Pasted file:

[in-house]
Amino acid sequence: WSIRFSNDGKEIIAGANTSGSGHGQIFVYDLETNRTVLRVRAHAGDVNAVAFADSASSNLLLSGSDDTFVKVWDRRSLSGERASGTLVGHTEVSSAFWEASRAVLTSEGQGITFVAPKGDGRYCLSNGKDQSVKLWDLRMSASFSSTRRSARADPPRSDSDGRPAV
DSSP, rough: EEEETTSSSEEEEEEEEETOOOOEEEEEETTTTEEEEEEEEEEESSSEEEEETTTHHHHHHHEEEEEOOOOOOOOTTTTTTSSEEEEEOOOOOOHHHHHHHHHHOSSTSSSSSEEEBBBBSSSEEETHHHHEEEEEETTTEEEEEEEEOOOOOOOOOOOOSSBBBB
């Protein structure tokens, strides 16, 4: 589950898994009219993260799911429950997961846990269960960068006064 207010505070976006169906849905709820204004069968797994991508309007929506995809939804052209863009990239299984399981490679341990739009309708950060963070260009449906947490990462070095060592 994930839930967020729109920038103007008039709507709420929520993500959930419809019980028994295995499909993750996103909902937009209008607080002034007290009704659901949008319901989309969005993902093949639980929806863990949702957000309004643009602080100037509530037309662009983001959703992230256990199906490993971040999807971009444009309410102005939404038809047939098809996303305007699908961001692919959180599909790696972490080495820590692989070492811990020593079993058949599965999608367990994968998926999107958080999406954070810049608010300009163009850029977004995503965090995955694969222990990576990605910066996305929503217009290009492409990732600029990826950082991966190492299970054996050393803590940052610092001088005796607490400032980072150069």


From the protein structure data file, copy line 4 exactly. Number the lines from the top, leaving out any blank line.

């Protein structure tokens, strides 16, 4: 589950898994009219993260799911429950997961846990269960960068006064 207010505070976006169906849905709820204004069968797994991508309007929506995809939804052209863009990239299984399981490679341990739009309708950060963070260009449906947490990462070095060592 994930839930967020729109920038103007008039709507709420929520993500959930419809019980028994295995499909993750996103909902937009209008607080002034007290009704659901949008319901989309969005993902093949639980929806863990949702957000309004643009602080100037509530037309662009983001959703992230256990199906490993971040999807971009444009309410102005939404038809047939098809996303305007699908961001692919959180599909790696972490080495820590692989070492811990020593079993058949599965999608367990994968998926999107958080999406954070810049608010300009163009850029977004995503965090995955694969222990990576990605910066996305929503217009290009492409990732600029990826950082991966190492299970054996050393803590940052610092001088005796607490400032980072150069």